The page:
As digital technology innovation escalated, Electronic Health Records (EHRs) took hold and requirements arising from Meaningful Use legislation ensued. Hospitals used their size to leverage influence in shaping EHR evolution with underwriting and investment, a process that continues. While it makes sense for them, the digital requirements that have emerged have the same ill effect on independent physicians as the move to digital had on small independent theaters.
While incumbent hospitals and health systems have leadership leverage by virtue of balance sheets, the opportunity to define future consumption models does not solely favor them. To return to the cinema comparison, the AMC theater chain may survive consumer behavior disruption more easily than the poor Palace Theater in Silverton, Oregon. And Disney may be a behemoth in both film production and streaming distribution. But let’s not forget how, say, Netflix entered the movie ecosystem with a completely novel model — and has established itself as the king of a new kind of viewing.
In health care, breakthroughs in workflow, customer experience, and novel care delivery mechanisms will be fully realized in similar unorthodox or novel innovation approaches. This contrasts EHR development, and all the other large capital expense innovation of the last 40 years — a big implementation capital outlay model that favored the consolidation of systems.
The novel approach favors unit economics and digital innovation with minimal fixed costs and scalable models that work at an n of 1. Consider a corollary in Point of Sale (POS) hardware and software. POS went from paper to digital in the 1980s/90s, requiring significant infrastructure installation investment to usher in adoption and alter usage patterns and customs. In the early 2000s, that was all further disrupted by cloud-based POS technology.
While the initial digital POS innovation favored giants like Visa and MasterCard (and their retail partner networks), they required heavy investment to scale and solidify positioning. The cloud-based POS innovation we see today from companies like Square (novel innovation) allow even the smallest independent stand at the local Famers Market to transform its business and sales capability without any network contracts or capital outlay to speak of.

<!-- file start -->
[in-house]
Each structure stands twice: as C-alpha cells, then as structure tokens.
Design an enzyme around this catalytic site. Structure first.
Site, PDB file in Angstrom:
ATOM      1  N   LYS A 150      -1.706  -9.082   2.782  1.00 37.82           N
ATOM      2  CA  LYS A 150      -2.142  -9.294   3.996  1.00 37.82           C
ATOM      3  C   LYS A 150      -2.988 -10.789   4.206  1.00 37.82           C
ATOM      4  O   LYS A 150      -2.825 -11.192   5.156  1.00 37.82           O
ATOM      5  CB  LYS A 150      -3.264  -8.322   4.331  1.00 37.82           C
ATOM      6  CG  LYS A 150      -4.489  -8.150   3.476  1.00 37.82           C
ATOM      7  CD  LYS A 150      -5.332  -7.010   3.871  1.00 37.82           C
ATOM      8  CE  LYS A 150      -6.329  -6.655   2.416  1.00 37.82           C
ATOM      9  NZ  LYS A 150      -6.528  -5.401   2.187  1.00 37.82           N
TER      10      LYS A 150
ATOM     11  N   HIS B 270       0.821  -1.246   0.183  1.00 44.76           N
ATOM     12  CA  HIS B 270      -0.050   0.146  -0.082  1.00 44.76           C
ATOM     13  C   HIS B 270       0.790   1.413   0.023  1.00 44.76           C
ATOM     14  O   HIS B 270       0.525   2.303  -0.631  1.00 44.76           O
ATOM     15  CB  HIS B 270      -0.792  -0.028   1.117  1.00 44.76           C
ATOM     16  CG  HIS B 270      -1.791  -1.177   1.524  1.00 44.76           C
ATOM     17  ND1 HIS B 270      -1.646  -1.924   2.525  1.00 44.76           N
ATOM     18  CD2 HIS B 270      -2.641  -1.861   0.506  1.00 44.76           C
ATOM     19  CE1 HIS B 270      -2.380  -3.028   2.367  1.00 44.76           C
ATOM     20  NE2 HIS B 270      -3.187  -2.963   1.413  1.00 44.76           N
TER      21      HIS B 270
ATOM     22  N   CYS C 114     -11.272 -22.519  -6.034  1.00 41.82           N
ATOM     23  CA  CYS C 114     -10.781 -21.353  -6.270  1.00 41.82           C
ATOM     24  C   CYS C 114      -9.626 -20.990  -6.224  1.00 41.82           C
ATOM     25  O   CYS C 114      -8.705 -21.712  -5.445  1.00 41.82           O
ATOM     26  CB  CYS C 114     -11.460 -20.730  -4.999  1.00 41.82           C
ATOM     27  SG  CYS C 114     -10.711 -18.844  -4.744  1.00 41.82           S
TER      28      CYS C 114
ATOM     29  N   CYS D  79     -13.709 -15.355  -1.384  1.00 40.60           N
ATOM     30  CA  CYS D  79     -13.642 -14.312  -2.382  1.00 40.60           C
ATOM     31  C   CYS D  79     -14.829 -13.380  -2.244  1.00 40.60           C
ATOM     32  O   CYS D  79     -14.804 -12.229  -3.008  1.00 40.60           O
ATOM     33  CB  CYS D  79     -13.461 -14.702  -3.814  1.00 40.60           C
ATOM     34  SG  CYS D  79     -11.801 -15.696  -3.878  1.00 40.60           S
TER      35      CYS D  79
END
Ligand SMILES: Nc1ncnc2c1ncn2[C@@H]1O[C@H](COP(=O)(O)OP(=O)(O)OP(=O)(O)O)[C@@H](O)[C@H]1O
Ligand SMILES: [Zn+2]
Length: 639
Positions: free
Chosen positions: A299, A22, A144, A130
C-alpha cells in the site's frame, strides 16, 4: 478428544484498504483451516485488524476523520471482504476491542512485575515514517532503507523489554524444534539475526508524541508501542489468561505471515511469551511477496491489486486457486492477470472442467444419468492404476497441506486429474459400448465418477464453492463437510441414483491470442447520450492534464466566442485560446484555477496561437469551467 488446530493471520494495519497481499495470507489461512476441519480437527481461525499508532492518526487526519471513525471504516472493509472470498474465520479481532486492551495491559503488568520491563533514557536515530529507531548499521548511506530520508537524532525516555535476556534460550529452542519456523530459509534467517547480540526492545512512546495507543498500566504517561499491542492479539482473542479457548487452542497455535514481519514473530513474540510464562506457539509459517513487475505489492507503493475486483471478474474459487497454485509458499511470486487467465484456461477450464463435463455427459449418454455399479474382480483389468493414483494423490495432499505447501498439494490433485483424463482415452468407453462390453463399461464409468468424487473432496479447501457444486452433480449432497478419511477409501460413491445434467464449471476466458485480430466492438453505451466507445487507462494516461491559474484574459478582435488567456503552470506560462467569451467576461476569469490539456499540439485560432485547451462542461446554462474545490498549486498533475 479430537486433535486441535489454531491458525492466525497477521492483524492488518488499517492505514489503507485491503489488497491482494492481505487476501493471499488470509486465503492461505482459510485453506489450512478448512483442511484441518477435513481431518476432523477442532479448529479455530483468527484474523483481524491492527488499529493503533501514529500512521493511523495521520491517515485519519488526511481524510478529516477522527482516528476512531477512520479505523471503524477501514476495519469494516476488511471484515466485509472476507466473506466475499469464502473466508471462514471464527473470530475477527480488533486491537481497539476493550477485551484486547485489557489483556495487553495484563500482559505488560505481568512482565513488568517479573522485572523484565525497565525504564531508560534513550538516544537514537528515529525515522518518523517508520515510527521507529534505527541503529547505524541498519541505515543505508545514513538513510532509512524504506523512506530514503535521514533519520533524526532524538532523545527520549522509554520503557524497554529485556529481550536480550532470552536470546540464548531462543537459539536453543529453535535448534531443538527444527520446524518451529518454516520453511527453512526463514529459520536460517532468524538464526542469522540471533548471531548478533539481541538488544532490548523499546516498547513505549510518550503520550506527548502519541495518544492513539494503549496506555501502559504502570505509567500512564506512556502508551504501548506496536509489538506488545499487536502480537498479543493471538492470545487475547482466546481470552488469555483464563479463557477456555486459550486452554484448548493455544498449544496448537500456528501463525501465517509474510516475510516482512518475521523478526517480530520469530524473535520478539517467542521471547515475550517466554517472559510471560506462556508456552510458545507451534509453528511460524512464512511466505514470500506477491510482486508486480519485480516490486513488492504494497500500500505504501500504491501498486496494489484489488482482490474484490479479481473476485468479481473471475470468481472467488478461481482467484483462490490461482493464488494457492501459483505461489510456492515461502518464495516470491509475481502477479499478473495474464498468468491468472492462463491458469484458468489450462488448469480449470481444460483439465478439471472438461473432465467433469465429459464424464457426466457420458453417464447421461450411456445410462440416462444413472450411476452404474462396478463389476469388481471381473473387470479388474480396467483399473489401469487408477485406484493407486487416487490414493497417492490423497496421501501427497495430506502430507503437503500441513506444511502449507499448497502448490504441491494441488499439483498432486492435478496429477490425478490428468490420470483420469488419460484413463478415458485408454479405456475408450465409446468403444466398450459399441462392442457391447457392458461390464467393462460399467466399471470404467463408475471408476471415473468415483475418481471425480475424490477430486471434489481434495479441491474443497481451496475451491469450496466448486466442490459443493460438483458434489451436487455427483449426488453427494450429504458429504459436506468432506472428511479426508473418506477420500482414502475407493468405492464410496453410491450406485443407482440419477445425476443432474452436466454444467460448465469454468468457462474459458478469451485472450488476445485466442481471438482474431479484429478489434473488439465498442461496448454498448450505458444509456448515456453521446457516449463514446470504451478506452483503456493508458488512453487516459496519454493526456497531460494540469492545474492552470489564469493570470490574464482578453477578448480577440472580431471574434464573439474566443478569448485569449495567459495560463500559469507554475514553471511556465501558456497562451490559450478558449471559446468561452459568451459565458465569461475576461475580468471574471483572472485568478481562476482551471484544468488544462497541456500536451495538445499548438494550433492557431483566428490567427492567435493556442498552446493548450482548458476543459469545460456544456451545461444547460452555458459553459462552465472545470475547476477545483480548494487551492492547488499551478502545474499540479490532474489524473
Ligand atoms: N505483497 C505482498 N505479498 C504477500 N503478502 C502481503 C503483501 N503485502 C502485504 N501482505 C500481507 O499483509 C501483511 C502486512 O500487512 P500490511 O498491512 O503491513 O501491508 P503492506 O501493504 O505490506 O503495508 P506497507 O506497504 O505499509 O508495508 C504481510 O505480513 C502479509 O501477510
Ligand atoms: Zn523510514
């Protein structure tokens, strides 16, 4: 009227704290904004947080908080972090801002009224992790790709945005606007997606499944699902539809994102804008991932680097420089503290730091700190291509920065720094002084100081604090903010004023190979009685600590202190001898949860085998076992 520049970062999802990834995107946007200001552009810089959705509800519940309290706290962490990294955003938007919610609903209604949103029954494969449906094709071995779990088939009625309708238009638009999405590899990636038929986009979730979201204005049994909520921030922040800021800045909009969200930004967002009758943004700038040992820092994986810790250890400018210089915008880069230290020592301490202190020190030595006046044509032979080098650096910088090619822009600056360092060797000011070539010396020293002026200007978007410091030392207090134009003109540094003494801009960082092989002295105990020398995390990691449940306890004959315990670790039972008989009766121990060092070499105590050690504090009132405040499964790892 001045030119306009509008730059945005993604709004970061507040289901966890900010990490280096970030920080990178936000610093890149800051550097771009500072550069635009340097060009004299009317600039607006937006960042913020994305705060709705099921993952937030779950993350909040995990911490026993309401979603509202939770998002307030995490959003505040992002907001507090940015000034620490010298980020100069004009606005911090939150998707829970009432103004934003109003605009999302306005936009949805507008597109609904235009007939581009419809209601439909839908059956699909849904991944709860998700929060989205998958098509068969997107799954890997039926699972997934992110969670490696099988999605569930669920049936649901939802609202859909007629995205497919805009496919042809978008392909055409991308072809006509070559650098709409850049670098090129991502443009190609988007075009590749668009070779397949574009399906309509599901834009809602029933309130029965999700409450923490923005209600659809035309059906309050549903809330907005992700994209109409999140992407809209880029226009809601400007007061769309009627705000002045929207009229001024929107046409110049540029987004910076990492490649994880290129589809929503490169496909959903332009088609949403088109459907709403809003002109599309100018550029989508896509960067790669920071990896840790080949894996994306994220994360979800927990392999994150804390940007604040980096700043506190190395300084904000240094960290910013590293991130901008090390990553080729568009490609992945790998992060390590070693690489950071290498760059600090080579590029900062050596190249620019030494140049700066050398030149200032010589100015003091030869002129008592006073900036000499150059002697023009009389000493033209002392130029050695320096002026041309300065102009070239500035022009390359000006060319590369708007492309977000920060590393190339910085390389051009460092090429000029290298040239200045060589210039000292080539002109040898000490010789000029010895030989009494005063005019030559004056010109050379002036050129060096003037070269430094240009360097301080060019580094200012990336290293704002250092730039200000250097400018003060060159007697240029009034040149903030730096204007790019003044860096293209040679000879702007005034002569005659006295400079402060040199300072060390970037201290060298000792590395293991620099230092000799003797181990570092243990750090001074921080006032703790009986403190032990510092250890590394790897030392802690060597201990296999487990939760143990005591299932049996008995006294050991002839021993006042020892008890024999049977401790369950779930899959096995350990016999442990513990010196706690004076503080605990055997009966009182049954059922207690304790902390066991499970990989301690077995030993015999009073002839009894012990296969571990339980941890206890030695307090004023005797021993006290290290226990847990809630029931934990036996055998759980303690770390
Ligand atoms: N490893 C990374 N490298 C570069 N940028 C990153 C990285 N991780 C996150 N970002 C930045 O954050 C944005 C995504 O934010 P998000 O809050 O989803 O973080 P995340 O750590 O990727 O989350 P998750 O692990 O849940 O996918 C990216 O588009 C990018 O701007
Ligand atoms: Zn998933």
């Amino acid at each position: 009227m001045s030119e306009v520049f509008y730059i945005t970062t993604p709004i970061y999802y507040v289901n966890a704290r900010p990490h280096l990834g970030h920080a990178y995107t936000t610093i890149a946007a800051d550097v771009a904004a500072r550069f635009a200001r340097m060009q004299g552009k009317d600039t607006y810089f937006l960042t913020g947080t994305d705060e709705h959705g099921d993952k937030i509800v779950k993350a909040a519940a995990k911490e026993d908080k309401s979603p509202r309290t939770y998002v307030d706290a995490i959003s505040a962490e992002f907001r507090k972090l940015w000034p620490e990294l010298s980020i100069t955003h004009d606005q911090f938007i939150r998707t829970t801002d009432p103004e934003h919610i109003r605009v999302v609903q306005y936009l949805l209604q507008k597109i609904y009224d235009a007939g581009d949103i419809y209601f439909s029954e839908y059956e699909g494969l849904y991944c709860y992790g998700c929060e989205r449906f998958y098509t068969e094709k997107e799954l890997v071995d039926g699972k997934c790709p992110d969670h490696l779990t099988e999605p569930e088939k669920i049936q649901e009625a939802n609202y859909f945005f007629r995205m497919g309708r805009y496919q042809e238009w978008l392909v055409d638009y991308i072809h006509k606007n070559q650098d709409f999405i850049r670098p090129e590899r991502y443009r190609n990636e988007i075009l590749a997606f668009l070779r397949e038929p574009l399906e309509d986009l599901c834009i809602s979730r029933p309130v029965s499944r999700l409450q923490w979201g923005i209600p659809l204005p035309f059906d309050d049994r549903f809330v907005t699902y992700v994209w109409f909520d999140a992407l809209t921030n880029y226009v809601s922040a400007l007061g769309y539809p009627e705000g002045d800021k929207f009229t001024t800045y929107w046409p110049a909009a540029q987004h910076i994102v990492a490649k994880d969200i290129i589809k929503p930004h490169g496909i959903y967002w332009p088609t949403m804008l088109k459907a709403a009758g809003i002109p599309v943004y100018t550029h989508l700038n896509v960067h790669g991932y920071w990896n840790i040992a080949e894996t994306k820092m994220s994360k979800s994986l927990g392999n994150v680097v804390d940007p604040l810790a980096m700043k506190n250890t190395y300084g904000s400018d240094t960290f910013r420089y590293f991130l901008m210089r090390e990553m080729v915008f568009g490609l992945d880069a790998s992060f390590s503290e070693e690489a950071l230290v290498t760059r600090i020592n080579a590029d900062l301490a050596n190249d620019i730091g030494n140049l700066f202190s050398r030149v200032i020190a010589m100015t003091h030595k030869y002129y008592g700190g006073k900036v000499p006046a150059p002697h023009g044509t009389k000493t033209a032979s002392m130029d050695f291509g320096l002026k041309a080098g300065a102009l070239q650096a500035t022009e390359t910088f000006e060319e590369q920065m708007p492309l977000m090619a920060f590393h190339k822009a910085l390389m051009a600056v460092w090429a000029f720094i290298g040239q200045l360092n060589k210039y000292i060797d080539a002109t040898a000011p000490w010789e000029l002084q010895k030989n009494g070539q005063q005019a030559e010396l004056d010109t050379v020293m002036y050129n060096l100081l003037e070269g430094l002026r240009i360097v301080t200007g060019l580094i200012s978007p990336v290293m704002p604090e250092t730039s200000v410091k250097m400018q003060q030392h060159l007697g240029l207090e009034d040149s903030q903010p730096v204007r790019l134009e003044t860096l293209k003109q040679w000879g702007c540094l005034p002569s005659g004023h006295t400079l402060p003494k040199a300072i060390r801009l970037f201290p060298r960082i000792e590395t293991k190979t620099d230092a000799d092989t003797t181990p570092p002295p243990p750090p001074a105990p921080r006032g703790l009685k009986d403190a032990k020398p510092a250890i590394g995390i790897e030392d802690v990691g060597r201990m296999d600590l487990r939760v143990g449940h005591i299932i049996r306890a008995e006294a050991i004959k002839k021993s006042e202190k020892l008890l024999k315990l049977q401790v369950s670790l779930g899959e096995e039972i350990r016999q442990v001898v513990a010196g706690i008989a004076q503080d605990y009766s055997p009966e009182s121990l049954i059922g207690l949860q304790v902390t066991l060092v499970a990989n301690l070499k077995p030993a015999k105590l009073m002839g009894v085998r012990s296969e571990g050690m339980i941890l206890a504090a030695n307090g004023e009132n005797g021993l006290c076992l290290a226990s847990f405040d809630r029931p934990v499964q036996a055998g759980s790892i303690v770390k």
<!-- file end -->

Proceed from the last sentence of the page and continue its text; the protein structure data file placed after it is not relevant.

Our future in health care should be contemplated through this lens. The exciting part of this evolution is that it puts the individual physician and the individual patient in the driver’s seat, just like the farmer and the market-goer are with Square. If it is hard to use, they will not use it. And if it does not work on the tail end of the cost curve, it will not scale. The novel innovation requirement opens the door for a resurgence in independent entrepreneurship — who knows, highly localized or community-based movie production and distribution may become a new market as well (unless you want to count YouTube as the existence of it already…quality be darned)!
These new principles have yet to make their way fully into how investors are addressing the health care space, but they will eventually. And if 2020 showed us anything, it was that health care is dexterous, adaptable, and can be quick to change when required.
We may find that novel innovation approaches yield greater health care consumption and better outcomes for all types of chronic, preventative, as well as emergent care needs. When this type of innovation catches, the scaling model allows it to grow like wildfire (or Netflix).
There is a caveat, of course. As with the movie and theater business, incumbent players who benefit off of “old” models will resist change. Smart co-option is a requirement for overall success of the transformation. The capital models and investment approaches that will drive novel movements forward are important subjects for future discussion.
— Jack Stockert is Managing Director at Health2047.